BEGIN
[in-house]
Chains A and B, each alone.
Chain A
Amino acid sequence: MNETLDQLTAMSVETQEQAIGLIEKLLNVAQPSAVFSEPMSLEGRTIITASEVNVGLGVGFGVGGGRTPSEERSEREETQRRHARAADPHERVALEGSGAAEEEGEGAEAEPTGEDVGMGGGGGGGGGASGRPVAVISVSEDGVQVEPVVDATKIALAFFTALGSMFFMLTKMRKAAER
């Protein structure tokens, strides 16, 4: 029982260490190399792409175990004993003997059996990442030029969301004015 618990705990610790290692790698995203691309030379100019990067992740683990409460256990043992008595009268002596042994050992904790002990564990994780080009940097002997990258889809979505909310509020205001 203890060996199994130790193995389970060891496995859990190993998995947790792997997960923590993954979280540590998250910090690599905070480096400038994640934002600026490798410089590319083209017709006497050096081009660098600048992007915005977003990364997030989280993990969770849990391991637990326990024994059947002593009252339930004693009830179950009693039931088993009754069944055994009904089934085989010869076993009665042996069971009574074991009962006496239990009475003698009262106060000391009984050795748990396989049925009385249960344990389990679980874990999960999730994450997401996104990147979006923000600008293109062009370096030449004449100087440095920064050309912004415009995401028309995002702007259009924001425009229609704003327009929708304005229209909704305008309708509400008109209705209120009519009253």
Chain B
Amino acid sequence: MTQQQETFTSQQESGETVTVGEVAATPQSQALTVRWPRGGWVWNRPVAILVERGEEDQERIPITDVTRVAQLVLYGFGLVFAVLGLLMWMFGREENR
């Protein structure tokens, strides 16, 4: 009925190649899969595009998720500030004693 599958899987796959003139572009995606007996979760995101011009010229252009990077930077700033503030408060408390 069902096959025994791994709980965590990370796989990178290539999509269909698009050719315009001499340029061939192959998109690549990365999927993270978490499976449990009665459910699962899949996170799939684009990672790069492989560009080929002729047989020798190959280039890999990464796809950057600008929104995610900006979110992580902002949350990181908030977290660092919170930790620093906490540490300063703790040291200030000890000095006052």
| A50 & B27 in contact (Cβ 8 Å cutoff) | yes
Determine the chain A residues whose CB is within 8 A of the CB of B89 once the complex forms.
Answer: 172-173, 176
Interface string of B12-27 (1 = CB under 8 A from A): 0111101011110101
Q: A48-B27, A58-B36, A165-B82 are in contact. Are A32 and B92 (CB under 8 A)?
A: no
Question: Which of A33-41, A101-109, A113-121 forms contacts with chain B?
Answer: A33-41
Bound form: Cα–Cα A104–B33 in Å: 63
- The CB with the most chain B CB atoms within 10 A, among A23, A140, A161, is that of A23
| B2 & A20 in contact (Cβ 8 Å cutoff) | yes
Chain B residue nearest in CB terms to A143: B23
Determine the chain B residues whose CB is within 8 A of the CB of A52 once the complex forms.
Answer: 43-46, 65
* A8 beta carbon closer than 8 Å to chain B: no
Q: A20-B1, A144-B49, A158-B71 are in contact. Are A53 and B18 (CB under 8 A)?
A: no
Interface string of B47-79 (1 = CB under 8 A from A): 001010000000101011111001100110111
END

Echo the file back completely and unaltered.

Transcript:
[in-house]
Chains A and B, each alone.
Chain A
Amino acid sequence: MNETLDQLTAMSVETQEQAIGLIEKLLNVAQPSAVFSEPMSLEGRTIITASEVNVGLGVGFGVGGGRTPSEERSEREETQRRHARAADPHERVALEGSGAAEEEGEGAEAEPTGEDVGMGGGGGGGGGASGRPVAVISVSEDGVQVEPVVDATKIALAFFTALGSMFFMLTKMRKAAER
């Protein structure tokens, strides 16, 4: 029982260490190399792409175990004993003997059996990442030029969301004015 618990705990610790290692790698995203691309030379100019990067992740683990409460256990043992008595009268002596042994050992904790002990564990994780080009940097002997990258889809979505909310509020205001 203890060996199994130790193995389970060891496995859990190993998995947790792997997960923590993954979280540590998250910090690599905070480096400038994640934002600026490798410089590319083209017709006497050096081009660098600048992007915005977003990364997030989280993990969770849990391991637990326990024994059947002593009252339930004693009830179950009693039931088993009754069944055994009904089934085989010869076993009665042996069971009574074991009962006496239990009475003698009262106060000391009984050795748990396989049925009385249960344990389990679980874990999960999730994450997401996104990147979006923000600008293109062009370096030449004449100087440095920064050309912004415009995401028309995002702007259009924001425009229609704003327009929708304005229209909704305008309708509400008109209705209120009519009253």
Chain B
Amino acid sequence: MTQQQETFTSQQESGETVTVGEVAATPQSQALTVRWPRGGWVWNRPVAILVERGEEDQERIPITDVTRVAQLVLYGFGLVFAVLGLLMWMFGREENR
């Protein structure tokens, strides 16, 4: 009925190649899969595009998720500030004693 599958899987796959003139572009995606007996979760995101011009010229252009990077930077700033503030408060408390 069902096959025994791994709980965590990370796989990178290539999509269909698009050719315009001499340029061939192959998109690549990365999927993270978490499976449990009665459910699962899949996170799939684009990672790069492989560009080929002729047989020798190959280039890999990464796809950057600008929104995610900006979110992580902002949350990181908030977290660092919170930790620093906490540490300063703790040291200030000890000095006052």
| A50 & B27 in contact (Cβ 8 Å cutoff) | yes
Determine the chain A residues whose CB is within 8 A of the CB of B89 once the complex forms.
Answer: 172-173, 176
Interface string of B12-27 (1 = CB under 8 A from A): 0111101011110101
Q: A48-B27, A58-B36, A165-B82 are in contact. Are A32 and B92 (CB under 8 A)?
A: no
Question: Which of A33-41, A101-109, A113-121 forms contacts with chain B?
Answer: A33-41
Bound form: Cα–Cα A104–B33 in Å: 63
- The CB with the most chain B CB atoms within 10 A, among A23, A140, A161, is that of A23
| B2 & A20 in contact (Cβ 8 Å cutoff) | yes
Chain B residue nearest in CB terms to A143: B23
Determine the chain B residues whose CB is within 8 A of the CB of A52 once the complex forms.
Answer: 43-46, 65
* A8 beta carbon closer than 8 Å to chain B: no
Q: A20-B1, A144-B49, A158-B71 are in contact. Are A53 and B18 (CB under 8 A)?
A: no
Interface string of B47-79 (1 = CB under 8 A from A): 001010000000101011111001100110111